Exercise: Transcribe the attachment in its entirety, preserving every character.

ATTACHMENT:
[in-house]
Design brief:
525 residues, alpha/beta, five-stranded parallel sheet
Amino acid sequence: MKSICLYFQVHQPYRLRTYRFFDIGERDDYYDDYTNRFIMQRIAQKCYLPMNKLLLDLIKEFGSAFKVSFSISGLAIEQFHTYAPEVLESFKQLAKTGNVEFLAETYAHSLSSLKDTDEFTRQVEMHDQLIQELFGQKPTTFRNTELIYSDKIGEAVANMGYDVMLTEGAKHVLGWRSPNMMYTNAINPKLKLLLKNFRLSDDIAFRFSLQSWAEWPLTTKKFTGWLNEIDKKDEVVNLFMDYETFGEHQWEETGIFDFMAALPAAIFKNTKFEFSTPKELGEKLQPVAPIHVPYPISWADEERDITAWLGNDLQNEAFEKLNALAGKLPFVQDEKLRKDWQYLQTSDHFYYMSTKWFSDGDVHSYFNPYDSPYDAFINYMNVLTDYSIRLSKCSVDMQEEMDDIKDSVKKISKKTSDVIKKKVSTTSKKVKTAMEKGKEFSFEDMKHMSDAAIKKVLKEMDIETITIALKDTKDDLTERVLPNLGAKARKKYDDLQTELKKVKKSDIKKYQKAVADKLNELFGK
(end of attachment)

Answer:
[in-house]
Design brief:
525 residues, alpha/beta, five-stranded parallel sheet
Amino acid sequence: MKSICLYFQVHQPYRLRTYRFFDIGERDDYYDDYTNRFIMQRIAQKCYLPMNKLLLDLIKEFGSAFKVSFSISGLAIEQFHTYAPEVLESFKQLAKTGNVEFLAETYAHSLSSLKDTDEFTRQVEMHDQLIQELFGQKPTTFRNTELIYSDKIGEAVANMGYDVMLTEGAKHVLGWRSPNMMYTNAINPKLKLLLKNFRLSDDIAFRFSLQSWAEWPLTTKKFTGWLNEIDKKDEVVNLFMDYETFGEHQWEETGIFDFMAALPAAIFKNTKFEFSTPKELGEKLQPVAPIHVPYPISWADEERDITAWLGNDLQNEAFEKLNALAGKLPFVQDEKLRKDWQYLQTSDHFYYMSTKWFSDGDVHSYFNPYDSPYDAFINYMNVLTDYSIRLSKCSVDMQEEMDDIKDSVKKISKKTSDVIKKKVSTTSKKVKTAMEKGKEFSFEDMKHMSDAAIKKVLKEMDIETITIALKDTKDDLTERVLPNLGAKARKKYDDLQTELKKVKKSDIKKYQKAVADKLNELFGK